WASHINGTON, D.C. — Congressional Democrats were confused and upset Wednesday that the party’s nationally televised response to President Donald Trump, one of its best opportunities to present a new face of the beleaguered party, offered little in the way of charisma or change.
If former Kentucky Gov. Steve Beshear, who gave a party response to Trump’s Tuesday night speech, is supposed to be the new face of the Democratic Party, his visage appears to have been lost in the crowd — notably among fellow Democrats.
“I don’t know who the former governor of Kentucky is, and I don’t think anybody else does, either,” said Rep. Robert Brady, D-Pa., whose district includes Philadelphia. “Do you?”
Beshear, a former two-term governor of the Bluegrass State was part of the party’s strategy to appeal to what the Democrats have lost during the last few election cycles — white, rural, mostly male voters.
But his talk, along with the day-after strategy voiced by party leaders, were not the sort of new thinking or new energy that many rank-and-file Democrats badly seek to combat Republicans, who control Congress, the White House and 33 governorships.
Leaders said they would continue to battle Republicans, slow-walking Trump’s Senate confirmations and fighting against attempts to repeal and dilute Obamacare.
The strategy irks a lot of Democrats.
“We continue to make some of the same mistakes we have made in the past,” said Rep. Marcia Fudge, D-Ohio, a former chair of the Congressional Black Caucus. “We talk about reinventing ourselves, we talk about making changes, and then as soon as the talk is over we go right back to doing what we’ve been doing.”
Fudge and other Democrats believe that the party’s attempts to woo back disaffected rural voters by presenting faces like Beshear is a waste of time.
“Anybody who thinks we’re going to get a large percentage of those that they keep saying we lost back in this party are dreaming,” she said. “Certainly, we should reach out because we can bring some back. But those numbers are not going to be significant.
“This country has changed so much in the last 20 years and has become so polarized over the last 10 in particular. We need to start to try to expand our base that we know is our people instead of trying to spend 80 percent of our resources on maybe what we consider about 3 to 4 percent of the vote.”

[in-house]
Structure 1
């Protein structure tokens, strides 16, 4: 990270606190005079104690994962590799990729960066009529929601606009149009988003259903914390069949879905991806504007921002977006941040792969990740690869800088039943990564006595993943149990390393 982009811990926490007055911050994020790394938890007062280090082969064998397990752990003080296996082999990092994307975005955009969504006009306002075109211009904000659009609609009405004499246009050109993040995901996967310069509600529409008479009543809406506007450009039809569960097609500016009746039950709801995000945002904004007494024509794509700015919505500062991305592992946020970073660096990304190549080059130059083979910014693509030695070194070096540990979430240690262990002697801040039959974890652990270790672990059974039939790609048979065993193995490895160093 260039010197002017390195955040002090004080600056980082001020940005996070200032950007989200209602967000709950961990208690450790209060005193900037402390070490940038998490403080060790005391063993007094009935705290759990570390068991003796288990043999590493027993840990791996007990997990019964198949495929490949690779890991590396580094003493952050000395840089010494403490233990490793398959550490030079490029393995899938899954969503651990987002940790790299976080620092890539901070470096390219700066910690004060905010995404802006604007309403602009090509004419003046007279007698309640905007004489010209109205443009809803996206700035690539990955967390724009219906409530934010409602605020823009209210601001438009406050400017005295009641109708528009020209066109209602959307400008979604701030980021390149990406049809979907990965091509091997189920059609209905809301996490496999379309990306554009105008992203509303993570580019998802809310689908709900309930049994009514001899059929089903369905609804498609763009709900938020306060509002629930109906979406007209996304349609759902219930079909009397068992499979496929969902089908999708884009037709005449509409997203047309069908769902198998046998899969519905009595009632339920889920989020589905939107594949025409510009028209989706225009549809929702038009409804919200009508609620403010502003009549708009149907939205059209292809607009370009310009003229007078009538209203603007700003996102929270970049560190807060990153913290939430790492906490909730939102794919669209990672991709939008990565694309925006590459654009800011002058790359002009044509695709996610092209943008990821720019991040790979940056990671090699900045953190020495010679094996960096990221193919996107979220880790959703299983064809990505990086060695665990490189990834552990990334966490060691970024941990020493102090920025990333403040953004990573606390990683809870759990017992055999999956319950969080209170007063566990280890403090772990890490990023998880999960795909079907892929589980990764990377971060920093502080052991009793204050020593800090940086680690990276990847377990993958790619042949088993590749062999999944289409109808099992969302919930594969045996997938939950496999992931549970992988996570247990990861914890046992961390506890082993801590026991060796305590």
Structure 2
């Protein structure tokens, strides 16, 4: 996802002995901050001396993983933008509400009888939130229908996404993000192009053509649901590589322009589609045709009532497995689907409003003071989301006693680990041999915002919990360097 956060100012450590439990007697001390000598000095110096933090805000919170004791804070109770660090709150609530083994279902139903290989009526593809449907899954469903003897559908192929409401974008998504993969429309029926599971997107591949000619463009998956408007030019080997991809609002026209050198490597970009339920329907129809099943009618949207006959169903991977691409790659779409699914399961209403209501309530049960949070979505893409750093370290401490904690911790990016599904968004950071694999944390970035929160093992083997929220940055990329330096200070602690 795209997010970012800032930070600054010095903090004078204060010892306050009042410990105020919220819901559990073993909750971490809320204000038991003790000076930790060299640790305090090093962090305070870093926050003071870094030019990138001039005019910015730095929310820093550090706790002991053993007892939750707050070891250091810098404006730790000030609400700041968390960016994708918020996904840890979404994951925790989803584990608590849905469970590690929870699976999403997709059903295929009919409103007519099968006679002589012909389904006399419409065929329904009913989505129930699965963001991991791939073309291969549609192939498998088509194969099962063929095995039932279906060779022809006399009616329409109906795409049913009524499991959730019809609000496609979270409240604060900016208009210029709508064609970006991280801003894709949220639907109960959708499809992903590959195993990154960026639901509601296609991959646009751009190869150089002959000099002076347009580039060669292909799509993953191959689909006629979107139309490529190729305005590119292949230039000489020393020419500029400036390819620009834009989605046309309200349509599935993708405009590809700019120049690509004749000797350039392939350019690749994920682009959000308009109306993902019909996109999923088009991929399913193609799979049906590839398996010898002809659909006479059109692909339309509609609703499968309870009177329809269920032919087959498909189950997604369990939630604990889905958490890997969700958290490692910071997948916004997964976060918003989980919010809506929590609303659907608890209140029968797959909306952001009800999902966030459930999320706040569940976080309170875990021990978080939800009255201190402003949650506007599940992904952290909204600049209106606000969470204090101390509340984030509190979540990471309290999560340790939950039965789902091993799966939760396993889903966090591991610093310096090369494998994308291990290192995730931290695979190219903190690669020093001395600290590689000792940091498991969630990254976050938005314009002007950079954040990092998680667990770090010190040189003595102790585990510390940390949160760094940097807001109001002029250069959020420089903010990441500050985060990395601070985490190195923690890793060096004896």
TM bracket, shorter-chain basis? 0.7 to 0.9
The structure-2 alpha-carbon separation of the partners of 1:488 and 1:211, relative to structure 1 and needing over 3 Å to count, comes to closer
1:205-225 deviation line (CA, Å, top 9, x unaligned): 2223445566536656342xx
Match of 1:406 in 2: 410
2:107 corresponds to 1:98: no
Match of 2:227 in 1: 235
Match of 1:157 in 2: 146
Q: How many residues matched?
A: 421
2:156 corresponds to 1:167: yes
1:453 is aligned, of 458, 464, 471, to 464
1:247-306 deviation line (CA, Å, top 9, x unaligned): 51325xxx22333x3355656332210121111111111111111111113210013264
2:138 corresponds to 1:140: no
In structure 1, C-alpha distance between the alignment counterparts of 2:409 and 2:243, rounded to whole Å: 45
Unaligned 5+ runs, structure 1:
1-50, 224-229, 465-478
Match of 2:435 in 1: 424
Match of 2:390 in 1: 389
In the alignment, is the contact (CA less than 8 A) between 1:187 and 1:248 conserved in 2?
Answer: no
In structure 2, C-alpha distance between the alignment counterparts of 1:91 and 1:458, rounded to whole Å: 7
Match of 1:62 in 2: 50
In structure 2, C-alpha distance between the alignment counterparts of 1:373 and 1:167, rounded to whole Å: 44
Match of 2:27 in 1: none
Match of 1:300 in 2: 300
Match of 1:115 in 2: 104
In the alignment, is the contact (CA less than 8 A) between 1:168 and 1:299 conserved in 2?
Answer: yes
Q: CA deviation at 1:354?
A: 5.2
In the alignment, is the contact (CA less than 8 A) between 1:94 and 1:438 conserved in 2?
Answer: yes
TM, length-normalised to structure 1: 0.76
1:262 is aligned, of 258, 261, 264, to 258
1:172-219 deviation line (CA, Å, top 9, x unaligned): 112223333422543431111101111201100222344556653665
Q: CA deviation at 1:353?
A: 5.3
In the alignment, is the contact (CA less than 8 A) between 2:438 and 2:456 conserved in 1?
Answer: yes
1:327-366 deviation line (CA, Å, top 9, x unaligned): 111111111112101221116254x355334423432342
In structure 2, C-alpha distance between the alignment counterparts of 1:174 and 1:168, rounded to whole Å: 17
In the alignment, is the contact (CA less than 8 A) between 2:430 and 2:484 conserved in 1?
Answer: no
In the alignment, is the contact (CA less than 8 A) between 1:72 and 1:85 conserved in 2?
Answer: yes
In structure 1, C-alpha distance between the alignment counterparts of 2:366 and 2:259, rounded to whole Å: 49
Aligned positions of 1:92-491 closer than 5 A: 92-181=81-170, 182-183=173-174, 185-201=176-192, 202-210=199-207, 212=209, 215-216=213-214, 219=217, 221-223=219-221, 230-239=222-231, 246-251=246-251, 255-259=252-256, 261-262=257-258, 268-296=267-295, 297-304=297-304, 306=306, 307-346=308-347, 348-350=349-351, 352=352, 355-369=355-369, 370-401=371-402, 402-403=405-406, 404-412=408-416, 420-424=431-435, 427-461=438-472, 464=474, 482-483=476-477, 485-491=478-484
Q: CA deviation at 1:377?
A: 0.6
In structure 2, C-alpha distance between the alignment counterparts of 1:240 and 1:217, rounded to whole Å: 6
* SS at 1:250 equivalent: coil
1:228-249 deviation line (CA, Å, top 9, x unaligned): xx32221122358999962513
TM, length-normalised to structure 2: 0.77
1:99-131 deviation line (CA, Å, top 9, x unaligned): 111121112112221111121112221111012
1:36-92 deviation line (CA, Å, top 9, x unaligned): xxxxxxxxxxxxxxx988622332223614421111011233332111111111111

Rep. Cedric Richmond, the Congressional Black Caucus’ current chairman, said Beshear is a face in the Democratic Party. But so is someone like Rep. Keith Ellison of Minnesota, an African-American Muslim who unsuccessfully ran for chair of the Democratic National Committee.
“The key is to bring those millennials back,” said Richmond, D-La. “Those that feel they need to have a protest vote and not vote for Hillary (Clinton). We need to bring in all of those voices in order to work at becoming a cohesive party and building on that. You know, politics is about addition and not subtraction.”
Rep. Raul Grijalva, D-Ariz., a Congressional Progressive Caucus member, called the Democratic response to Trump’s speech a lost opportunity.
“I think we had an opportunity to showcase our economic populist issues and didn’t do it,” he said. “Us nuancing anything is not going to work right now. I thought that part of what happened last night was nuancing, trying to give a face of a part of America that the party feels is not with us right now.”
The Beshear response had some Democratic defenders. Rep. Rosa DeLauro of Connecticut, another member of the Congressional Progressive Caucus, said Beshear was a good choice to reinforce that the Affordable Care Act is under siege by Republicans.
“He led the country in the health care exchanges in the Affordable Care Act, knows firsthand about the success of the Affordable Care Act,” DaLauro said. “Speaking out on the Affordable Care Act is critically important because of their success.”
Symone Sanders, a Democratic political consultant who was national press secretary for Sen. Bernie Sanders’ presidential campaign, disagreed.
“It’s more than just challenging the Trump agenda,” she said. “We have to tell the story of who we are; otherwise, we’re going to get ran over in the midterms, just like we got ran over on Election Day.”